“Stopnica” - Encyclopedia of Jewish
Communities in Poland, Volume VII
(Stopnica, Poland)

50°26' / 20°57'

Translation of
“Stopnica” chapter from
Pinkas Hakehillot Polin

Published by Yad Vashem

Published in Jerusalem



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to put this material on the JewishGen web site.

This is a translation from: Pinkas Hakehillot: Encyclopedia of Jewish Communities, Poland,
Volume VII, pages 343-344, published by Yad Vashem, Jerusalem

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[Page 343]

(Known as Stubnitz in Yiddish)
(District of Stopnica, Region of Kielce)

Translated by Jerrold Landau

Year General
# Jews
1764 .. 363
1827 2,061 1,014
1857 2,187 1,461
1897 4,420 3,134
1908 5,569 3,692
1921 4,402 3,328


Stopnica was founded in the 12th century. At first, it was a private village. It was transferred to the kingdom at the end of that year. In 1362, King Kazimierz the Great granted Stopnica the rights of a city. Its new status helped its development. Within a short time, the population of Stopnica was 870. In accordance with the privileges from the 14th and 15th centuries, the residents of Stopnica had the rights to conduct three market days per week, and one annual fair. In the year 1578, there were 62 tradesmen of various professions, and two merchants. Stopnica was destroyed during the war with the Swedes, and it only began to be renovated at the beginning of the 18th century. However, it never regained its former status. Stopnica lost its rights of a city in the year 1869.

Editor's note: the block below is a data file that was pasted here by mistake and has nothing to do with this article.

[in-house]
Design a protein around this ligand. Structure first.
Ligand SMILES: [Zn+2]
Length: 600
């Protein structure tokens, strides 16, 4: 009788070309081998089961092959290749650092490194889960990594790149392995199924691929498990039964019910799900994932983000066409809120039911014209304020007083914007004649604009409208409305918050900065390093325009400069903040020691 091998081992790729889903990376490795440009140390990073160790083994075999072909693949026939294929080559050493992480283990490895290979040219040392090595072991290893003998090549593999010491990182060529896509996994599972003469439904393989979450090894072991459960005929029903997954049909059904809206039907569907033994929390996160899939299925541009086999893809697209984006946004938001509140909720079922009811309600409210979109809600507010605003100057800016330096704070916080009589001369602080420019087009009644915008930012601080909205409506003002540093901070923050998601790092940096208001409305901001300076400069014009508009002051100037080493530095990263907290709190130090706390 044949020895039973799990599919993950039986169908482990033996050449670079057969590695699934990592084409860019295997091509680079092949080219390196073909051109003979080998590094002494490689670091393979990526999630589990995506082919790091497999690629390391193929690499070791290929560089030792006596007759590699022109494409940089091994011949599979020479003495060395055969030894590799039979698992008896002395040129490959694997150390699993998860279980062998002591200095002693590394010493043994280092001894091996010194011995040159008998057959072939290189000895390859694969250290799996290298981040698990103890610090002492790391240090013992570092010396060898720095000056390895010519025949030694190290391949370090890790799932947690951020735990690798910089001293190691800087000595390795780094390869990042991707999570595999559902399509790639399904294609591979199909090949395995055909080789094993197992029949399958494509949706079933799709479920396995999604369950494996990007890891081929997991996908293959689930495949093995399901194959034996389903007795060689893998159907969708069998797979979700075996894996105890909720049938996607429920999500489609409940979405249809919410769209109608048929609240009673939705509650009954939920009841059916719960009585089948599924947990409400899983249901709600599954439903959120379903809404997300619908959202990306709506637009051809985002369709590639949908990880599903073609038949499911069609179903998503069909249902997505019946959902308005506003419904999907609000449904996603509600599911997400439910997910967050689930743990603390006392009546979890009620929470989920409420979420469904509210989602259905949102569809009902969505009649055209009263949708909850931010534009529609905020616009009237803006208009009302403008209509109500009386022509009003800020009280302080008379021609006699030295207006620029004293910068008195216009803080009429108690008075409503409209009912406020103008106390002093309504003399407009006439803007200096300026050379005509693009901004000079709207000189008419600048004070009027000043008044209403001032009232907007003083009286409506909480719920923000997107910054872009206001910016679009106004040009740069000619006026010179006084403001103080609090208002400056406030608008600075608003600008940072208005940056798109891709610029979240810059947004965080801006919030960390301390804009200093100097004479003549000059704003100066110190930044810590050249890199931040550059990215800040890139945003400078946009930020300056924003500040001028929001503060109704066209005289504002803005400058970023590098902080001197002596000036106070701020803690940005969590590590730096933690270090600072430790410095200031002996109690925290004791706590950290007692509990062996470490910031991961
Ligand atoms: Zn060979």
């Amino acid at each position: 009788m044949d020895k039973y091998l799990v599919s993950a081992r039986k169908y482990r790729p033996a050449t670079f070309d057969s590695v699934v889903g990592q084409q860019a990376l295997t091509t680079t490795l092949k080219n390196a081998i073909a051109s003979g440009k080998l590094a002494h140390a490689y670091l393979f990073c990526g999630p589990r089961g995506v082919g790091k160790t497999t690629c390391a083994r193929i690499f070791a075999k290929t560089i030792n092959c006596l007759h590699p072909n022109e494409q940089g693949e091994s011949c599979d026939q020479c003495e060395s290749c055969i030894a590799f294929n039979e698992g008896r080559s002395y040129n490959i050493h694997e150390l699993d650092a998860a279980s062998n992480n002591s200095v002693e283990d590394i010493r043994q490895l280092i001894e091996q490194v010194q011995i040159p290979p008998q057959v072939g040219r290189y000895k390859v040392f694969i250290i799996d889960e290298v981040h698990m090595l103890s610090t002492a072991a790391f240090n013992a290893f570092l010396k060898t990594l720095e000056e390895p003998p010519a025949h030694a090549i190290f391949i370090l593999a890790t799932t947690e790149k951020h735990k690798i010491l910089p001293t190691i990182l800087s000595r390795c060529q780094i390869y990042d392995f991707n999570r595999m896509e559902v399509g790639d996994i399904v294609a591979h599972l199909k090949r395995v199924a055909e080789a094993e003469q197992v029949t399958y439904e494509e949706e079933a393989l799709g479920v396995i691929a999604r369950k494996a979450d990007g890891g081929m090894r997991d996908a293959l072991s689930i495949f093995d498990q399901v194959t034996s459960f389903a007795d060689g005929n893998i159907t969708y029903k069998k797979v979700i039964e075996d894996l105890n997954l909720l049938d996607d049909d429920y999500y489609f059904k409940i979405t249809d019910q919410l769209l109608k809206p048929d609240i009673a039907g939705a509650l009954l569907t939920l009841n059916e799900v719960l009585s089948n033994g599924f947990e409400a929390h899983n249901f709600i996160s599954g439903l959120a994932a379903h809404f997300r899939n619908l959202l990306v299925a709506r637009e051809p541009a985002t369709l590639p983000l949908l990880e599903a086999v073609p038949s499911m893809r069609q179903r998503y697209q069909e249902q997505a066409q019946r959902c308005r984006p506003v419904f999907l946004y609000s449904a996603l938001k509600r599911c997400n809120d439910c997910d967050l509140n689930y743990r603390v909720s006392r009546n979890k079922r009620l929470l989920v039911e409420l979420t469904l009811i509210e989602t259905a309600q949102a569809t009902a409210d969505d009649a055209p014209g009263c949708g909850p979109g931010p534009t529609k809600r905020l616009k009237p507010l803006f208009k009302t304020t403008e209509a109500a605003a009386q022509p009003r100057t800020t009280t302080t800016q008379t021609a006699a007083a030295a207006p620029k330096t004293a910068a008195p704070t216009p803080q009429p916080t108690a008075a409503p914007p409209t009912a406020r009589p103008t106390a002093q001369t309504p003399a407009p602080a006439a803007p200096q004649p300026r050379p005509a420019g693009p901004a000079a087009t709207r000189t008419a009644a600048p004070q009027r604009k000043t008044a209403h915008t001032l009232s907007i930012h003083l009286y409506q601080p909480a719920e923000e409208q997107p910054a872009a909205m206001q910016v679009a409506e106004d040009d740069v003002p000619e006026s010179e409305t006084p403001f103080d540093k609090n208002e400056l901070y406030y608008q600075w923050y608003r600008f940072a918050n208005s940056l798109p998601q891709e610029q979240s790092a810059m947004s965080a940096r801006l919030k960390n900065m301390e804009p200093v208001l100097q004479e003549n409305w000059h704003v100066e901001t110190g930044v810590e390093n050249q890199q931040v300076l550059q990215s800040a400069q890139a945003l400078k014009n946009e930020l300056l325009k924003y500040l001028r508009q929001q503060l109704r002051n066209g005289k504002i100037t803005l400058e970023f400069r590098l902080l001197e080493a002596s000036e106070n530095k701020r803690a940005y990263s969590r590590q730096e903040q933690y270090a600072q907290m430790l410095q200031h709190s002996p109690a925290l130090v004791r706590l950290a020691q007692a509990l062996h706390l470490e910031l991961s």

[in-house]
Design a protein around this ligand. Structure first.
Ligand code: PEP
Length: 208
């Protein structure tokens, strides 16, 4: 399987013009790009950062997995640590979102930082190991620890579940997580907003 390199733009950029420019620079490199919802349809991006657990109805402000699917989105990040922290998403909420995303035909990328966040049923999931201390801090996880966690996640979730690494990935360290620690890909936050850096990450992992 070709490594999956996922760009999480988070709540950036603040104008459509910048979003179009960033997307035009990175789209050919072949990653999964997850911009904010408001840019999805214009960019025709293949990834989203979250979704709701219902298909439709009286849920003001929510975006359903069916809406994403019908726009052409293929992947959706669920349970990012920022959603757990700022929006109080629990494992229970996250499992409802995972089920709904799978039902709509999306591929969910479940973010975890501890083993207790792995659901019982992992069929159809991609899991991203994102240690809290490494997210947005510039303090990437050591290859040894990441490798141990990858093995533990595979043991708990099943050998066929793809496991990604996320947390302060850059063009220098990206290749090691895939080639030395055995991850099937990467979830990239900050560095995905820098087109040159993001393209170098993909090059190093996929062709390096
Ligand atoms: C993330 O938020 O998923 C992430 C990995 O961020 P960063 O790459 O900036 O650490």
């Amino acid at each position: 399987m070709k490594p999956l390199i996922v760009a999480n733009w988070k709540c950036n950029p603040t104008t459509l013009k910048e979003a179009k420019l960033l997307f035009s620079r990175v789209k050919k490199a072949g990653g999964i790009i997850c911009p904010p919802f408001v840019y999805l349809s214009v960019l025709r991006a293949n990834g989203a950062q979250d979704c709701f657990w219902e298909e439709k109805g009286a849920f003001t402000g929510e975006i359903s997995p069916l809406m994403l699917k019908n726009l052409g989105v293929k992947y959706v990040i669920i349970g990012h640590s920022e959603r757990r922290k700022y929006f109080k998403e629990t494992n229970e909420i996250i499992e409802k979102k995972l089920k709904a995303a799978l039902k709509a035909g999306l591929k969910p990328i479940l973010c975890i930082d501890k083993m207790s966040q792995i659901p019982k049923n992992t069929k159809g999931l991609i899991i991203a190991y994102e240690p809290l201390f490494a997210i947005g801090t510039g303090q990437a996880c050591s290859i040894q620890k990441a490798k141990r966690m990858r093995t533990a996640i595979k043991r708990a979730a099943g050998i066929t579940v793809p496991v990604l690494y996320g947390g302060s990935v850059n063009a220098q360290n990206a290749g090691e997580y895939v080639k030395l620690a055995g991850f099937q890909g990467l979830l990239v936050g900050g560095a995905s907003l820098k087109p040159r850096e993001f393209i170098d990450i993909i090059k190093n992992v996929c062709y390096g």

Jewish residents of Stopnica are first mentioned in the middle of the 17th century. In 1663, a few years after the Swedish War, the Jews of Stopnica received a general privilege that included permission to build a synagogue and to dedicate a cemetery. They were granted an exemption from some of the taxes to the royal treasury. This privilege attracted additional Jews to the place. With time, the Jews filed an important role in the areas of commerce and trade. The privilege of 1663 was reconfirmed in the year 1752. In exchange, however, the Jews were obligated to sign an agreement with the Christian merchants of the town. This agreement was signed in 1773. Through it, the Jews restricted their areas of business. Furthermore, their rights to live in Stopnica were restricted to specific quarters.